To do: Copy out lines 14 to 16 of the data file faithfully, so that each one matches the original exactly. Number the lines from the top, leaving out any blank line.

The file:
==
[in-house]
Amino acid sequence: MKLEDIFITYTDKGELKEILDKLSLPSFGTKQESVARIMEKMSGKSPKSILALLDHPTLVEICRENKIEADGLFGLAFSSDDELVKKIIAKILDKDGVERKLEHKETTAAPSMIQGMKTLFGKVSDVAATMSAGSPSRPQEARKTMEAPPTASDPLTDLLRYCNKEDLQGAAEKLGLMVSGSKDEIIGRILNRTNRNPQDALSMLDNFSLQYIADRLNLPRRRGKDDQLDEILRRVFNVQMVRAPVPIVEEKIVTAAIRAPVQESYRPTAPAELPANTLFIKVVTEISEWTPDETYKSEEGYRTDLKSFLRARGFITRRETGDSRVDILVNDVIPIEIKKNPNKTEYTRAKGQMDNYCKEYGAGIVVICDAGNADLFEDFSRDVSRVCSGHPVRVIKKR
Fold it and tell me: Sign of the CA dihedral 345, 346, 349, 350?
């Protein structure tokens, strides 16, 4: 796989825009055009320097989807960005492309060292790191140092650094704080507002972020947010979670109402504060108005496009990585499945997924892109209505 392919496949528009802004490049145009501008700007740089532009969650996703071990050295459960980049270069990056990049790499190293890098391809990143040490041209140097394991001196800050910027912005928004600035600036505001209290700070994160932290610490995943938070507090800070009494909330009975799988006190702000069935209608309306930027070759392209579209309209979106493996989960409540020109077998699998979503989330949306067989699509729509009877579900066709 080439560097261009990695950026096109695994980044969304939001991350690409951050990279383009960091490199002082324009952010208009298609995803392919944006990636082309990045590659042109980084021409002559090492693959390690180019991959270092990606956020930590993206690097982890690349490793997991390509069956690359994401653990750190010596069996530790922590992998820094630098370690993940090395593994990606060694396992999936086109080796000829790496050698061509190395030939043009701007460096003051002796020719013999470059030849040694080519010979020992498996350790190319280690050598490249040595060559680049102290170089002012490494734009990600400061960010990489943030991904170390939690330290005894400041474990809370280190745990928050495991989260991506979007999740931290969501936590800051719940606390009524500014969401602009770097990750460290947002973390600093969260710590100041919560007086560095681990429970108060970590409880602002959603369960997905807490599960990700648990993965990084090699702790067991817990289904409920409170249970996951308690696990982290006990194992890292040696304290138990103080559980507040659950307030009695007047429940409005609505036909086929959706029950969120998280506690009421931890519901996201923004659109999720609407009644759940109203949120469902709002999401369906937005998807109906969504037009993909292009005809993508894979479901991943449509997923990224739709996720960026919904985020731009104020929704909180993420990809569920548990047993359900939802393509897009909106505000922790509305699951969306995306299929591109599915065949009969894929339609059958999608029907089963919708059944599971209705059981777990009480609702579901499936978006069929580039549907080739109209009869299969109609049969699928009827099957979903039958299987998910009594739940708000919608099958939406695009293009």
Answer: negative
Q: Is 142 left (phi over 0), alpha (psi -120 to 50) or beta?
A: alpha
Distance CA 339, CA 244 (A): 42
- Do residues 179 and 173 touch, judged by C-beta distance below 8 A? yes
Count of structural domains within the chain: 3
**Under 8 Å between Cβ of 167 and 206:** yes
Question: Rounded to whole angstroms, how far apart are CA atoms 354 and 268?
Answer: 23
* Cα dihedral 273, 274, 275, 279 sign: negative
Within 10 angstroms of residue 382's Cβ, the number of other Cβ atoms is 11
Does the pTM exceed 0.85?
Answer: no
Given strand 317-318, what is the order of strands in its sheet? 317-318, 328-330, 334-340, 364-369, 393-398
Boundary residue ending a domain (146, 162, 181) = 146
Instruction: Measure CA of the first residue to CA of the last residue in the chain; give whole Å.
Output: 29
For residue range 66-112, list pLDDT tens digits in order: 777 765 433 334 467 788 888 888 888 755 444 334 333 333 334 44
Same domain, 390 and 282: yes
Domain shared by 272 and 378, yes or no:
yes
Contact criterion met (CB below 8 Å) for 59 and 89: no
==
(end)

* Cα dihedral 273, 274, 275, 279 sign: negative
Within 10 angstroms of residue 382's Cβ, the number of other Cβ atoms is 11
Does the pTM exceed 0.85?